The National:

THE United Kingdom Internal Market Act 2020 is the third Westminster statute to be passed since 2018 in the face of an explicit refusal of consent (under the Sewel Convention) by one or more of the devolved legislatures. The Act establishes a new legal framework to minimise the impact on trade within the UK arising from potential regulatory divergence between Scotland, England, Wales and Northern Ireland after the Brexit transition period ends.

The House of Lords Constitution Committee described the Bill as “one of profound constitutional significance” for the UK’s devolution arrangements, and regretted the lack of engagement with the devolved governments in developing the proposals. Both the Scottish Parliament and the Senedd (Welsh Parliament) voted to refuse consent to the Bill, and although no formal legislative consent motion was lodged in the Northern Ireland Assembly, in September the Assembly also approved an SDLP motion to reject it.

The Bill was heavily amended by the House of Lords and – remarkably – peers maintained their objections through three rounds of “ping pong”. However, that came to an end this week, when peers dropped their opposition to provisions allowing UK Ministers to spend in devolved areas (many of them nothing obviously to do with trade), to the reservation of power to set state aid (subsidy) controls to Westminster, and to the very narrow exceptions in the Bill from the operation of the internal market principles. In turn, the UK Government conceded amendments to clarify the relationship between those principles and so-called “common frameworks” (for instance, on food safety rules) agreed between the UK and devolved governments. These came on top of earlier concessions committing to consultation with the devolved governments over future changes to the scope of the internal market rules.

READ MORE: UK goes ahead with Internal Market Bill without consent from Wales or Scotland

While these amendments are welcome, they do not fundamentally alter the impact of the legislation on the ability of the devolved institutions to legislate in distinctive ways for their territories in future. While the devolved legislatures will, at the end of the Brexit implementation period, gain new powers in areas previously dealt with at EU level, their ability to make use of these powers will be severely constrained, particularly if they wish to adopt policies which are different to those which apply in England. Although the practical impact of the Act is hard to predict, it undoubtedly makes a fundamental change in principle to devolved legislative competence, limiting the scope of future devolved regulations to traders or service providers based in Scotland, Wales or Northern Ireland, rather than to anyone trading in those markets. It also significantly extends the powers of UK Ministers to influence decision-making in devolved areas via their new spending powers.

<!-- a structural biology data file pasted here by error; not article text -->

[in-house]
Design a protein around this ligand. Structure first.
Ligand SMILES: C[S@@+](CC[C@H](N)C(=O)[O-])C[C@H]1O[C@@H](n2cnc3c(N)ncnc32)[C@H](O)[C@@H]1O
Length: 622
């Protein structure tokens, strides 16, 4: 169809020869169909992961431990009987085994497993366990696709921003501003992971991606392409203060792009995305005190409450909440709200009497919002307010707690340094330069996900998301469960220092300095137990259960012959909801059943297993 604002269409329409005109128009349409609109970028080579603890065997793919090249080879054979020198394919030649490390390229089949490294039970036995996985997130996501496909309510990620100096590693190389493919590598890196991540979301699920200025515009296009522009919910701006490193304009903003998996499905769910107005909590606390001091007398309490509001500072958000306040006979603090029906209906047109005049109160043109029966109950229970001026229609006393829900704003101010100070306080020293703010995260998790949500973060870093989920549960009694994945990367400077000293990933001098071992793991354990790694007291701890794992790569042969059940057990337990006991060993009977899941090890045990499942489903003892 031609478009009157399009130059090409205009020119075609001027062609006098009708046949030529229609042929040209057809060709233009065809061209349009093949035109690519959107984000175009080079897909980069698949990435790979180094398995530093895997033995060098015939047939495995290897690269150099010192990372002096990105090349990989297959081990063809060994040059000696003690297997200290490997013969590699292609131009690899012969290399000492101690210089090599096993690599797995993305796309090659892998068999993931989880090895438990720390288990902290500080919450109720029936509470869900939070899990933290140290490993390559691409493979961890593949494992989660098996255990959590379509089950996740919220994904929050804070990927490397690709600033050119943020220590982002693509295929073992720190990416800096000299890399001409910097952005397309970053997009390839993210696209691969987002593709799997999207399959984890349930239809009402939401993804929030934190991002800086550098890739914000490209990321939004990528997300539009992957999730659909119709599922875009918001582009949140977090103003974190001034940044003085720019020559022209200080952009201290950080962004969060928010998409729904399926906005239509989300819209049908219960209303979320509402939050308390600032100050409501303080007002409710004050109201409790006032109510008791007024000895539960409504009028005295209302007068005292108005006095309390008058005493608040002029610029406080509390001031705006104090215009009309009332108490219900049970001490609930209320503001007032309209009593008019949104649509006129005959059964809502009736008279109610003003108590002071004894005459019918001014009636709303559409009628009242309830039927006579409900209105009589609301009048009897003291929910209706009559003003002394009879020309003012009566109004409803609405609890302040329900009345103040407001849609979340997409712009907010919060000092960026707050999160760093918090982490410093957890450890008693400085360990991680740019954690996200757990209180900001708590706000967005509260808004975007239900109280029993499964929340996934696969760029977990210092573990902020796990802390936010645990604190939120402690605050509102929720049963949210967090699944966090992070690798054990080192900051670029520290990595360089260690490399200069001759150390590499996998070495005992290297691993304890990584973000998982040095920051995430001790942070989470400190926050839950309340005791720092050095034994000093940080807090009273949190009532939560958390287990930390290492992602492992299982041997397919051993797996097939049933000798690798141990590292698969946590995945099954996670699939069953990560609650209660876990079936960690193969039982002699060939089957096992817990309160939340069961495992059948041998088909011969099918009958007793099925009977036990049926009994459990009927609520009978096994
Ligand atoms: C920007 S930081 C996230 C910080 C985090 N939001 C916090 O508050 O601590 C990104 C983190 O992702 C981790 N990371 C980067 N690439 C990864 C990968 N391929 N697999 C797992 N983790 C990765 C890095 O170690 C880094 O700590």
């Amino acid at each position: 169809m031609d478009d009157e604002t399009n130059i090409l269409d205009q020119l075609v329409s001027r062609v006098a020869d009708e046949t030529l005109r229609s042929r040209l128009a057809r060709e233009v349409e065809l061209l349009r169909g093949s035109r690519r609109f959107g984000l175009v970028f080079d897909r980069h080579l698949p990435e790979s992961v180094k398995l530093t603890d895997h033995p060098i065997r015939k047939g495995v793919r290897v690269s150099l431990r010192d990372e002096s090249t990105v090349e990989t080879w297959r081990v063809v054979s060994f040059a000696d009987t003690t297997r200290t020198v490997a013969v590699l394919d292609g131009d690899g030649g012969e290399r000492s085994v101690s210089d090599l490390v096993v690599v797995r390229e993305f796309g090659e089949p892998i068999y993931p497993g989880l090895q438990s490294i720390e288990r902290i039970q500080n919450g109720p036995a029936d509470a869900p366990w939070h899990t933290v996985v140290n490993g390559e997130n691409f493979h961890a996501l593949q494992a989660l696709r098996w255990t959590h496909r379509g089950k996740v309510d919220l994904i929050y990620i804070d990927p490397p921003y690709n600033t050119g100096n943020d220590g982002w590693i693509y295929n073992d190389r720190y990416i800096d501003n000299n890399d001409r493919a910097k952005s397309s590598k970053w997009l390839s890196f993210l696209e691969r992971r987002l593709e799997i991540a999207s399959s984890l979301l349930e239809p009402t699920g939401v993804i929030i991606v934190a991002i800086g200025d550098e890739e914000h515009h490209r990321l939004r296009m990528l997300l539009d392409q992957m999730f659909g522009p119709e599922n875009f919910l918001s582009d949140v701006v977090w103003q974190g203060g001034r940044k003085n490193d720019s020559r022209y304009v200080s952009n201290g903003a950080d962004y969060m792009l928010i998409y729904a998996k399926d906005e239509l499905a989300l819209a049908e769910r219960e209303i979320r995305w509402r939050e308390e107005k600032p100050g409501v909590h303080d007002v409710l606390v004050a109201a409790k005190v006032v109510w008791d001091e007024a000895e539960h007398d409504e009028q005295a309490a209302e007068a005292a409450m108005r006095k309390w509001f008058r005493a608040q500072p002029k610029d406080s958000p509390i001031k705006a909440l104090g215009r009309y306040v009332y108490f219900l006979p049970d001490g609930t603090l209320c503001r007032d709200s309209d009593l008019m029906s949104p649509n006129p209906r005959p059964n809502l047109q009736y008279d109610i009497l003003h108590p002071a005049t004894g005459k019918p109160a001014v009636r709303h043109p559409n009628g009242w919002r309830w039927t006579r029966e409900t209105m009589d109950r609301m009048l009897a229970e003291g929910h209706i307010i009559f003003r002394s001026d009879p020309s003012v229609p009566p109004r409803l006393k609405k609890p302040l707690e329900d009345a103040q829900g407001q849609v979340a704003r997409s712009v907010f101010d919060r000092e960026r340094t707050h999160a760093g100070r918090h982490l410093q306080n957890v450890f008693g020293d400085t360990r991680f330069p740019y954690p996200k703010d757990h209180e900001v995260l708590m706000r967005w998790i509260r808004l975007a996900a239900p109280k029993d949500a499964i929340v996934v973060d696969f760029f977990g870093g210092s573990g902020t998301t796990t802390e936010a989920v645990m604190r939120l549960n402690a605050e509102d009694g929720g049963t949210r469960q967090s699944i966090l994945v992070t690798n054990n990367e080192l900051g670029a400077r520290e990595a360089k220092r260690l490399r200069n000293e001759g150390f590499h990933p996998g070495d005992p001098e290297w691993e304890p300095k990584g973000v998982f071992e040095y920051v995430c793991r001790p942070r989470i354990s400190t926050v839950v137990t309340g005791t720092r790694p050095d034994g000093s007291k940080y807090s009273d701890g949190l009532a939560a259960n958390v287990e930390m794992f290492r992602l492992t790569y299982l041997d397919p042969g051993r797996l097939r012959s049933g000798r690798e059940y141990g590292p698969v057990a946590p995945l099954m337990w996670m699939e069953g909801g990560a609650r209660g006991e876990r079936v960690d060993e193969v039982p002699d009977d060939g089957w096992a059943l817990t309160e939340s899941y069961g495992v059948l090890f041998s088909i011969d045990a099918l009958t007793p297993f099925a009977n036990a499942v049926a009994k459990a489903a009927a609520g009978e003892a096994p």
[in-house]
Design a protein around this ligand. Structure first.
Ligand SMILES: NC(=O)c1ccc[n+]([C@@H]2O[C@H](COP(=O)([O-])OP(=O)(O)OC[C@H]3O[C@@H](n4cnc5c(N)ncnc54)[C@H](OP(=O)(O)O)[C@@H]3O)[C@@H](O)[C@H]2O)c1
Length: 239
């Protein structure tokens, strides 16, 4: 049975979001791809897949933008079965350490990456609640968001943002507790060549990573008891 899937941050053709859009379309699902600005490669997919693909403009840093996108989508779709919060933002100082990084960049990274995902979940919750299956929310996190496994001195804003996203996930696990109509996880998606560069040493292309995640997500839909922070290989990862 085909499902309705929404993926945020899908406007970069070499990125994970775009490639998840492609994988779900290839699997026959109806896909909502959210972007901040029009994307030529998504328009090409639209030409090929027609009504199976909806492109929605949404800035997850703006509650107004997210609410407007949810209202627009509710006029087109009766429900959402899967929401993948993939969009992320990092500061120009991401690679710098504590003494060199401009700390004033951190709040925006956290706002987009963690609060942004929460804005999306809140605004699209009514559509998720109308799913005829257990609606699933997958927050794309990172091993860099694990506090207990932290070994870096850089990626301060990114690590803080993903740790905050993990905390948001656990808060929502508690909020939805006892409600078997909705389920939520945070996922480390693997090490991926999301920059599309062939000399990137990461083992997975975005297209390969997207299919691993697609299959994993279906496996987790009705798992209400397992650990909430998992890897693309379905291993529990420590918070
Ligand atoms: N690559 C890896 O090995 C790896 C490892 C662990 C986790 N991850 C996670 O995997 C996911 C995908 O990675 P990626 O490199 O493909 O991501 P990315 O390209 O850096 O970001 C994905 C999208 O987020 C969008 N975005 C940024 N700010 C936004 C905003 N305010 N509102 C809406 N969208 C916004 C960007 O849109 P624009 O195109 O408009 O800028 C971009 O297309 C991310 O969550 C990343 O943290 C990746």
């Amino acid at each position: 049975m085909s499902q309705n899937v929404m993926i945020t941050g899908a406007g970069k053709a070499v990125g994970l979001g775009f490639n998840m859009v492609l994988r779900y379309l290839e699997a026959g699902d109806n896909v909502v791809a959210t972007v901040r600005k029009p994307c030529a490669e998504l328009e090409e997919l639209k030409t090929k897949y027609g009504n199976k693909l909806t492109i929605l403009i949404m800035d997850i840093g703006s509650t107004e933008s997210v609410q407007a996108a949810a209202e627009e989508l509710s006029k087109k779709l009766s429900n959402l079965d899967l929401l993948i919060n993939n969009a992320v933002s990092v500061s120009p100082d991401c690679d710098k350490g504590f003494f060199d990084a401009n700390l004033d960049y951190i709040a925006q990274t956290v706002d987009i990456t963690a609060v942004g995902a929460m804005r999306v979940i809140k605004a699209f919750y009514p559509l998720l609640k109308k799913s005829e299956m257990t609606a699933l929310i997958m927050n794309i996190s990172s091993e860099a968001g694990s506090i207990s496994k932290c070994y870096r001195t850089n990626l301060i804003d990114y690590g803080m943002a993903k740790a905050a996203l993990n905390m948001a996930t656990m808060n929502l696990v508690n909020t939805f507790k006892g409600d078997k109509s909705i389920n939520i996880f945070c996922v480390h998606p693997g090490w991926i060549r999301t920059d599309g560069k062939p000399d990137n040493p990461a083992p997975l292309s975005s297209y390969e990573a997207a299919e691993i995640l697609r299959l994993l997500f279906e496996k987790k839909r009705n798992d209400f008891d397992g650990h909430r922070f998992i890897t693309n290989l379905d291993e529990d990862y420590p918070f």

The amendments to the Bill were not, therefore, sufficient to enable the Scottish and Welsh Governments to recommend that consent be given. But the Bill was granted Royal Assent anyway, with the UK Government claiming that this is one of the exceptional circumstances in which the Sewel Convention permits Westminster to proceed without devolved consent. The Welsh Government has now stated its intention to begin legal proceedings, seeking a declaration that the new Act must not be read as undercutting devolved competence. The devolution statutes, as constitutional statutes, may only be amended expressly and not by implication, and the Welsh Government argues that the UK Internal Market Act does not make its effect on devolved competence sufficiently clear.

Such legal action is unprecedented, and its chances of success seem slim. But the turn to the courts is symbolic of a profound loss of faith in the ability of political constraints, such as the Sewel Convention, to protect devolved autonomy against the “muscular” – and centralising – Unionism that has been unleashed by Brexit.

READ MORE: SNP MP Drew Hendry on the Internal Market Bill and his Commons suspension

The UK Government maintains that it is still committed to the Sewel Convention – and indeed the consent process does appear to be operating normally outwith the context of Brexit-related legislation. Nevertheless, a constitutional rule which contains an undefined exception, which can be invoked at will by one party to disputes over its application with no prospect of any appeal to an independent adjudicator, scarcely deserves to be described as a rule at all.

Aileen McHarg is a professor of public law and human rights at the University of Durha. The National will be donating the fee for this article to Crisis at Professor McHarg's request